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Ghana’s Regions – Why Creating New Territories Has Caused Problems

Bukulu Steven/Wikimedia Sea Port in Accra, Ghana

The Conversation Africa (Johannesburg)

Ghana split four administrative regions between June 2017 and February 2019 to create six new ones. The process proceeded calmly in some regions, but was so contentious in others that the government had to deploy security forces to prevent clashes. Eventually, all six regions were created.

The conflicts were unexpected. Unlike in other African countries, such as Ethiopia or Nigeria where regions have some autonomy, regions in Ghana have no political autonomy. So the creation of new regions would not have resulted in a loss or gain in local political autonomy for the affected regions. What triggered the conflict then?

To explore this, I conducted research, comparing the new regions based on a number of factors. These included voting preferences, demographic profiles and whose voices dominated during the separation process. To provide historical context to the research, I drew on Ghana’s history by examining the 1959 split of the Ashanti region to create Brong Ahafo. That was the first creation of a new region after Ghana’s independence in 1957.

I found that conflicts were most likely to occur in the regions where:

  • the population supports the main opposition party;
  • there are traditional leaders who are competing on either side of the separated region; and
  • the contest is about the loss or gain of traditional authority or influence.

So, even if there is no actual political power being disturbed by the division of territories at the local level, there are people or groups whose interests are affected. This raises the risk of the separation triggering conflict. Ghana and other central governments across Africa should take heed. Often, as seen in Uganda and Kenya, central governments divide territories without considering the local interests at play.

Dominant traditional figures in contest over traditional influence

I found that conflicts occurred when traditional leaders supported or opposed the proposed split of an area into two administrative areas.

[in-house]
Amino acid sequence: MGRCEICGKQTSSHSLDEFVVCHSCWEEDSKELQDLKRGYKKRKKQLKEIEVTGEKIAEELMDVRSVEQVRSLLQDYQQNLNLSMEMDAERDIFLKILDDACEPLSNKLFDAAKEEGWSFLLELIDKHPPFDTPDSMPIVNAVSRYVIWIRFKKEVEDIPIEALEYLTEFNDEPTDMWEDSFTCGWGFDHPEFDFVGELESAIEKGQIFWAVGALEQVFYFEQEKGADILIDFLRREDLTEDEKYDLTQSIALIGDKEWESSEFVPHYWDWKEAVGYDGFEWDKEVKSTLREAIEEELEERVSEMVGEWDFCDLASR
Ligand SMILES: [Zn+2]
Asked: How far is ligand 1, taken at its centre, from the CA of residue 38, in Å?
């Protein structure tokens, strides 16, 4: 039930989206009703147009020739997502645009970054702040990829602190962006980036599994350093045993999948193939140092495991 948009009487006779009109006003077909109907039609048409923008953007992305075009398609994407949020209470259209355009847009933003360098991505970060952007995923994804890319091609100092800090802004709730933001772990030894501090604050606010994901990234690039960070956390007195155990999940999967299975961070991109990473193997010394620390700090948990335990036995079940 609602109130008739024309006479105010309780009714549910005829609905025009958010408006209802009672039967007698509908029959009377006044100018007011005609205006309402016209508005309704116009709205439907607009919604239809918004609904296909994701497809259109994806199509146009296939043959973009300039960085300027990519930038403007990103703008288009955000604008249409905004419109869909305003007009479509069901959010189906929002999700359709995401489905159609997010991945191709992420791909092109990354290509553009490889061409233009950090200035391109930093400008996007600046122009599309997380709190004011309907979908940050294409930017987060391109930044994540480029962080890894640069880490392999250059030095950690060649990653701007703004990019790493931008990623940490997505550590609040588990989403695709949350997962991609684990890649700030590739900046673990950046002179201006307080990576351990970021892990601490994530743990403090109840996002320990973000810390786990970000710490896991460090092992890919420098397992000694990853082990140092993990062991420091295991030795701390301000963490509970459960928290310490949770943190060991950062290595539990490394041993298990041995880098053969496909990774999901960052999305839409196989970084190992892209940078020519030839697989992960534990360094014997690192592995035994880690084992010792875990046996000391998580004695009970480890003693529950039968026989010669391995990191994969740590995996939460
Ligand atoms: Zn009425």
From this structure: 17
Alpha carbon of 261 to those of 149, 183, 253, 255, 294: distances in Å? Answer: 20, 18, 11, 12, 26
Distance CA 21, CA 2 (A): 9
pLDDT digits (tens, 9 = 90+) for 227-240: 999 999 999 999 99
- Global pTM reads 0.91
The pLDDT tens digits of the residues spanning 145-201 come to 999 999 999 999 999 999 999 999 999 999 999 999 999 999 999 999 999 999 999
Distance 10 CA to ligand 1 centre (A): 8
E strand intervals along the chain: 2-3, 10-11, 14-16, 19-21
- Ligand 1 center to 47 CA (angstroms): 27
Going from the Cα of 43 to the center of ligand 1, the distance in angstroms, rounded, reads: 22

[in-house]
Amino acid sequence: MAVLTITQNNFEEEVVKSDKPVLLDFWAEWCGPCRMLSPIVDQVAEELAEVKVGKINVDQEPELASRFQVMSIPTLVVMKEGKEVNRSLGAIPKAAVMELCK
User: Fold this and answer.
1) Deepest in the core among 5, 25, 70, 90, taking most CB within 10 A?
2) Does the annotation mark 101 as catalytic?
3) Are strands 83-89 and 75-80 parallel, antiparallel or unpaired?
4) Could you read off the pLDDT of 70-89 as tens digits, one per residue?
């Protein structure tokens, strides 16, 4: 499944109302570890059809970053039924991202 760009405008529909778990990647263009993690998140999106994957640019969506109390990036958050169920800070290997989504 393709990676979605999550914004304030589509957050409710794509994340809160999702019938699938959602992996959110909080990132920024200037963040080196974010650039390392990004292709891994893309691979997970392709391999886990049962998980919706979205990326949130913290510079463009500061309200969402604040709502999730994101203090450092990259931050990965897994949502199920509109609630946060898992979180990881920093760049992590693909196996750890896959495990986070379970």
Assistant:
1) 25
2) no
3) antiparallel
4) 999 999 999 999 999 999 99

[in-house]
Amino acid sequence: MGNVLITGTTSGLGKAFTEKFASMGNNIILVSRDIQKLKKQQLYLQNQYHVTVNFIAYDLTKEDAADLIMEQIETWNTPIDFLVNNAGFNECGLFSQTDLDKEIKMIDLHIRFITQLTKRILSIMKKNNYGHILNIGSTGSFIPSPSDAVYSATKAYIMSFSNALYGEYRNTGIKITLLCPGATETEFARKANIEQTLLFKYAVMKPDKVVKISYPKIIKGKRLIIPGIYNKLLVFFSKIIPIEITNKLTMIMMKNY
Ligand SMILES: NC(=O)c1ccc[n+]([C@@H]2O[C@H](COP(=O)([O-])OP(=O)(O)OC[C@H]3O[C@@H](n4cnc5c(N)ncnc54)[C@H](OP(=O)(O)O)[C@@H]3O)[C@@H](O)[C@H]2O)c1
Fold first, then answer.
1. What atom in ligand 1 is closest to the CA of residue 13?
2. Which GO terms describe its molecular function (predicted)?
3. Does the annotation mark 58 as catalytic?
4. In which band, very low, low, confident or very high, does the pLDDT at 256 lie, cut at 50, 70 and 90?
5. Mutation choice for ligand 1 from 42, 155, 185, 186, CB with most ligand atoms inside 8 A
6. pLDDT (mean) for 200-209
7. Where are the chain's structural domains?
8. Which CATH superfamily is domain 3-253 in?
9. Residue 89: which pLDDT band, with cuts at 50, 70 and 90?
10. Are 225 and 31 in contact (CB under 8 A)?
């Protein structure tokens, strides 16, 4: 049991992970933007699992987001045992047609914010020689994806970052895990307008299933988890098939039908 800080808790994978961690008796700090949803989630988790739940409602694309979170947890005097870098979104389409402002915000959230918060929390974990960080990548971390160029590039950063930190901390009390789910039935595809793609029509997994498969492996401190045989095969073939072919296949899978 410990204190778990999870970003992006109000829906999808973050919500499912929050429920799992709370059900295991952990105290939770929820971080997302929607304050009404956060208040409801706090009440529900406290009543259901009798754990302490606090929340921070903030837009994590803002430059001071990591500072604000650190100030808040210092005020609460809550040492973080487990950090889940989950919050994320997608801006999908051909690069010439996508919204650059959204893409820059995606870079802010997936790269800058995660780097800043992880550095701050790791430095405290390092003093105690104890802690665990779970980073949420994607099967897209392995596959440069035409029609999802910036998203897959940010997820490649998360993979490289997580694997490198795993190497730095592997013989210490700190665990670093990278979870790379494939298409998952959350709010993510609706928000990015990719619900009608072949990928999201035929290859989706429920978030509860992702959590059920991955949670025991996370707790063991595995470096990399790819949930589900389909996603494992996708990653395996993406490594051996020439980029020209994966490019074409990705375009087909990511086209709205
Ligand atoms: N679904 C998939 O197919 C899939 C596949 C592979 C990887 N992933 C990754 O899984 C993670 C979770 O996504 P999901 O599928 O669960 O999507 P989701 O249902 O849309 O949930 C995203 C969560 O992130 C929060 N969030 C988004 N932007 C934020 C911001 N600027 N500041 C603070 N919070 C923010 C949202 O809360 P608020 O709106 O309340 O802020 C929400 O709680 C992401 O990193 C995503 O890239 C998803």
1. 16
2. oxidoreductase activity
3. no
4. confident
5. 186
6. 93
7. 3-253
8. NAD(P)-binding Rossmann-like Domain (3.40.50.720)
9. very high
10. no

For instance, when the Northern region was being split to form the North East region, the Ya-Na (overlord of the Dagbon traditional territory) opposed the process being used to split it. The Na-Yiri (the overlord of the Mamprugu traditional territory supported it.

The Ya-Na opposed the process of the split because it would have resulted in part of Dagbon territory (Chereponi) being hived off onto an administration dominated by the Mamprugus (subjects of the Na-Yiri). The Ya-Na and other Dagbon chiefs petitioned the government against the slicing off of Chereponi. The Dagbon youth also protested against the separation.

The Na-Yiri council supported the addition of Chereponi to the new administrative region because they needed the new territory to meet the criteria for the establishment of a new region.

Electoral concerns

There is ample evidence that when districts in Ghana are separated, the political party that is in power at the time performs better in elections. My research interviewees also said these benefits have occurred in history with the creation of the Upper West region in 1983.

This is because the people in the newly created territories feel they have been granted their “independence”, which motivates them to vote for the ruling party. The creation of a new administrative region often comes with new amenities and infrastructure, such as roads to improve the new region’s developmental profile. Also, the new region gets administrative offices, which creates employment opportunities for locals.

The electoral benefits for the governing party explain why the main opposition often opposes the creation of a new administrative region. This is most pronounced when the region that’s being split is the opposition party’s stronghold. For instance, during the split of the Volta region, the main opposition party’s parliamentary group boycotted the debate in parliament.

I also found that the proposed creation of a new administrative region can exacerbate existing tension. A good example is the case of the Homeland Study Group Foundation, which opposed the split of the Volta administrative region.

The foundation has long campaigned for the secession of the ethnic Eweland from Ghana to create what they call Western Togoland.

The foundation opposed the separation because they were concerned it would affect their secession campaign. They submitted petitions to the country’s commission of inquiry to protest the separation. When this failed, the group warned the Ghanaian government not to take away their lands.

This article was originally published here.